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The ice hiding in Ceres' craters is surprisingly young

The ice hiding in Ceres' craters is surprisingly young

There is water ice in many craters on the surface of the dwarf planet Ceres. A team of researchers recently examined the properties of the ice in these cold, shadowy craters and concluded that they are surprisingly young.

In the image of the dwarf planet Ceres, the cold traps on its surface are highlighted in blue. (NASA/JPL-Caltech/UCLA/MPS/DLR/IDA/GSFC-SVS)

Ceres is the only dwarf planet in the inner solar system. The rocky world is about a quarter the size of the Moon. Its popularity among researchers is due to the fact that it is probably one of the few remaining protoplanets in the solar system, most of which have migrated, perished in collisions, or merged into planets.

Between 2015 and 2018, NASA's Dawn spacecraft examined Ceres at close range, as it approached the dwarf planet's surface to within 35 kilometers. The spacecraft examined craters at Ceres' poles, most of which are never exposed to sunlight during the dwarf planet's 4.6-year orbit around the sun. The Dawn spacecraft discovered ice deep in these mysterious craters.

Dawn spacecraft image of a crater wall on Ceres from an altitude of 43 km. (NASA/JPL-Caltech/UCLA/MPS/DLR/IDA)

Norbert Schorgofer (Planetary Science Institute) and colleagues created a detailed model of Ceres' surface based on data from the Dawn spacecraft in order to see which craters remain in the shadow during changes in axis tilt. The tilt angle of Ceres' axis varies between 2 and 20 degrees over a period of 24,000 years due to the tidal forces of the Sun and Jupiter. The researchers found that when Ceres' axial tilt reaches its maximum, the depth of the crater no longer remains in shadow during a Ceres year.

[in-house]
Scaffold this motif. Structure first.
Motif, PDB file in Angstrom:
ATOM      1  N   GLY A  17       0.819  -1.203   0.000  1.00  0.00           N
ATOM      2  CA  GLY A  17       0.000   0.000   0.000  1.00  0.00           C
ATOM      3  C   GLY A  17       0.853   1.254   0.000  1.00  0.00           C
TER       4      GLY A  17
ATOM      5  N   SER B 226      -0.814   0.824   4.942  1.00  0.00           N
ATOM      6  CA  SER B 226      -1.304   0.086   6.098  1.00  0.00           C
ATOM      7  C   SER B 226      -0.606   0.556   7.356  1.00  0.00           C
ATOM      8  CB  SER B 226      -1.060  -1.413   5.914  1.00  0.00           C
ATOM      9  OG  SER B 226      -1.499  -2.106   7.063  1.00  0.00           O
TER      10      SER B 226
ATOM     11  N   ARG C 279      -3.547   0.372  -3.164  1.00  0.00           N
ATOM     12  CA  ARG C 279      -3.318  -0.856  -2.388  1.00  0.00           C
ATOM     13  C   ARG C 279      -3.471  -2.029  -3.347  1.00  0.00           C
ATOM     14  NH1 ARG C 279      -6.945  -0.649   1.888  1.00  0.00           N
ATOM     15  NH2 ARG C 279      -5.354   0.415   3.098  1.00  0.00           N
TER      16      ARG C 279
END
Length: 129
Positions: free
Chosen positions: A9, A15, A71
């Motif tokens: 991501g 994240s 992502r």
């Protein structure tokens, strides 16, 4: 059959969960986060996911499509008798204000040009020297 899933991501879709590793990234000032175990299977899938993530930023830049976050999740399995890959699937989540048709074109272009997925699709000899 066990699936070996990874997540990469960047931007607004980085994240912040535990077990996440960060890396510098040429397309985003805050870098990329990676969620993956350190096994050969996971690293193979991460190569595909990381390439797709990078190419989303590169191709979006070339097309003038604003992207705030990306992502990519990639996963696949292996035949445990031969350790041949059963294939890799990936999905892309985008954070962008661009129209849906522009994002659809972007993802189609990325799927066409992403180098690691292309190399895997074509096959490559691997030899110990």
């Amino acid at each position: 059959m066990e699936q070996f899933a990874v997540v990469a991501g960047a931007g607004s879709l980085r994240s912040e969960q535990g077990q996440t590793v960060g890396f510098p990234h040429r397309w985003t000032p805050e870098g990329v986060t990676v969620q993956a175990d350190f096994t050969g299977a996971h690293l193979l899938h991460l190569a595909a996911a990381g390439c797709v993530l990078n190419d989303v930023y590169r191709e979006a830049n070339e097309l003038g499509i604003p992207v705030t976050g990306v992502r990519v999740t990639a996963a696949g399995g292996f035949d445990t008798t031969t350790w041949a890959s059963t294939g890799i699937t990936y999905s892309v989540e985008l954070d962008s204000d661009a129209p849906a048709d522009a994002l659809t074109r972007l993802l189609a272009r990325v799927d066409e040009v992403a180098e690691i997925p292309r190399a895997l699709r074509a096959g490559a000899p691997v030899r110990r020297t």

The inclination of the region around Ceres' north pole (shaded in grey) and the location of permanently shaded regions, colored according to maximum axial inclination. (Schorghofer et al. 2024)

The researchers were curious about the fate of Ceres' ice stores, so they estimated how long it would take for the ice on the dwarf planet's surface to completely sublimate, i.e. turn into gas. According to the results, under the influence of direct sunlight, ice stores on Ceres sublimate rapidly, more than one centimeter per year. If the ice rises slowly, it could remain on Ceres' surface for billions of years. However, since this process occurs quickly, Ceres' ice is almost certainly young, at least in astronomical terms.

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Currently, the ice-covered craters remain in shadow until the tilt of Ceres' axis reaches 10 degrees. The last such event occurred 6,000 years ago, meaning the ice on Ceres' surface could not be more than six thousand years old. That's a very short time period for a 4 billion year old protoplanet… Where could this ice come from?

The size of the shaded areas depends on the latitude and the inclination of the axis. When Ceres' axial tilt reaches 20 degrees, no shadow remains on the dwarf planet. (Schorghofer et al. 2024)

A large amount of ice is hidden a few centimeters below the surface of Ceres' rock, so any impact on the lithosphere, whether a landslide or an impact, could bring ice to the surface. According to the researchers, the source of the ice on Ceres' surface is most likely a collision that created a temporary atmosphere, after which the water vapor in the craters froze and turned into ice.

The research team also looked into whether other types of ice, such as carbon dioxide ice, were present in Ceres' craters, but they concluded that although the craters are very cold, they are too hot for gases other than water vapor to escape. They freeze in it.

Report results Technical material It was published in the journal Planetary Science.

source: AAS Nova


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